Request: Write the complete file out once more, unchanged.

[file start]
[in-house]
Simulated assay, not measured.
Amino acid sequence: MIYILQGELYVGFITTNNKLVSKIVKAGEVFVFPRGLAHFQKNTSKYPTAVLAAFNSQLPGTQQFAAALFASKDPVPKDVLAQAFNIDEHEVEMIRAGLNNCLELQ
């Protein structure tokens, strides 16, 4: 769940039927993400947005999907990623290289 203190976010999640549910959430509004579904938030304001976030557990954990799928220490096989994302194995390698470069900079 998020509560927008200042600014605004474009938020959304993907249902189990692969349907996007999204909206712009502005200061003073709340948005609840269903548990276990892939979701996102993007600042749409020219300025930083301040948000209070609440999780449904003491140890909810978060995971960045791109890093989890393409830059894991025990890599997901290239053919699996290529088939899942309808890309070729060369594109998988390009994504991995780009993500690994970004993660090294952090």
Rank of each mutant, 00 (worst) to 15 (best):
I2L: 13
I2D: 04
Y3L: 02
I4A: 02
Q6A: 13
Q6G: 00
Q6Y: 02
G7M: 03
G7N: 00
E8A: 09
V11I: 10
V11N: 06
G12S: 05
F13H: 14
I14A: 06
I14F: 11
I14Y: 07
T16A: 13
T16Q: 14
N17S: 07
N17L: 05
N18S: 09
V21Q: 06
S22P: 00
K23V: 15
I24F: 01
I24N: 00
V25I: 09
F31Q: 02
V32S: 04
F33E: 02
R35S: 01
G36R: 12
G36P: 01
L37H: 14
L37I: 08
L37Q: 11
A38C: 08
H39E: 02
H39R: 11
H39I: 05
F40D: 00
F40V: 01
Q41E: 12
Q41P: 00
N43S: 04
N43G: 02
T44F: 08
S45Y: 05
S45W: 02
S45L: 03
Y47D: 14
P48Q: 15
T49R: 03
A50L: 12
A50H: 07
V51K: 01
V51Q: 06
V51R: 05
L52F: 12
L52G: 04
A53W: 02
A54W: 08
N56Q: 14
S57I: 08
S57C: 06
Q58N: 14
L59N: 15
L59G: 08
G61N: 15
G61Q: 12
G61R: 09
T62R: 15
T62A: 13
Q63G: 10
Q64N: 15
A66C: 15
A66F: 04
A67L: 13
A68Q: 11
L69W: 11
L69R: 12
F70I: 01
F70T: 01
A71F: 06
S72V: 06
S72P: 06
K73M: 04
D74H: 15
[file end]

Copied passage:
[in-house]
Simulated assay, not measured.
Amino acid sequence: MIYILQGELYVGFITTNNKLVSKIVKAGEVFVFPRGLAHFQKNTSKYPTAVLAAFNSQLPGTQQFAAALFASKDPVPKDVLAQAFNIDEHEVEMIRAGLNNCLELQ
């Protein structure tokens, strides 16, 4: 769940039927993400947005999907990623290289 203190976010999640549910959430509004579904938030304001976030557990954990799928220490096989994302194995390698470069900079 998020509560927008200042600014605004474009938020959304993907249902189990692969349907996007999204909206712009502005200061003073709340948005609840269903548990276990892939979701996102993007600042749409020219300025930083301040948000209070609440999780449904003491140890909810978060995971960045791109890093989890393409830059894991025990890599997901290239053919699996290529088939899942309808890309070729060369594109998988390009994504991995780009993500690994970004993660090294952090």
Rank of each mutant, 00 (worst) to 15 (best):
I2L: 13
I2D: 04
Y3L: 02
I4A: 02
Q6A: 13
Q6G: 00
Q6Y: 02
G7M: 03
G7N: 00
E8A: 09
V11I: 10
V11N: 06
G12S: 05
F13H: 14
I14A: 06
I14F: 11
I14Y: 07
T16A: 13
T16Q: 14
N17S: 07
N17L: 05
N18S: 09
V21Q: 06
S22P: 00
K23V: 15
I24F: 01
I24N: 00
V25I: 09
F31Q: 02
V32S: 04
F33E: 02
R35S: 01
G36R: 12
G36P: 01
L37H: 14
L37I: 08
L37Q: 11
A38C: 08
H39E: 02
H39R: 11
H39I: 05
F40D: 00
F40V: 01
Q41E: 12
Q41P: 00
N43S: 04
N43G: 02
T44F: 08
S45Y: 05
S45W: 02
S45L: 03
Y47D: 14
P48Q: 15
T49R: 03
A50L: 12
A50H: 07
V51K: 01
V51Q: 06
V51R: 05
L52F: 12
L52G: 04
A53W: 02
A54W: 08
N56Q: 14
S57I: 08
S57C: 06
Q58N: 14
L59N: 15
L59G: 08
G61N: 15
G61Q: 12
G61R: 09
T62R: 15
T62A: 13
Q63G: 10
Q64N: 15
A66C: 15
A66F: 04
A67L: 13
A68Q: 11
L69W: 11
L69R: 12
F70I: 01
F70T: 01
A71F: 06
S72V: 06
S72P: 06
K73M: 04
D74H: 15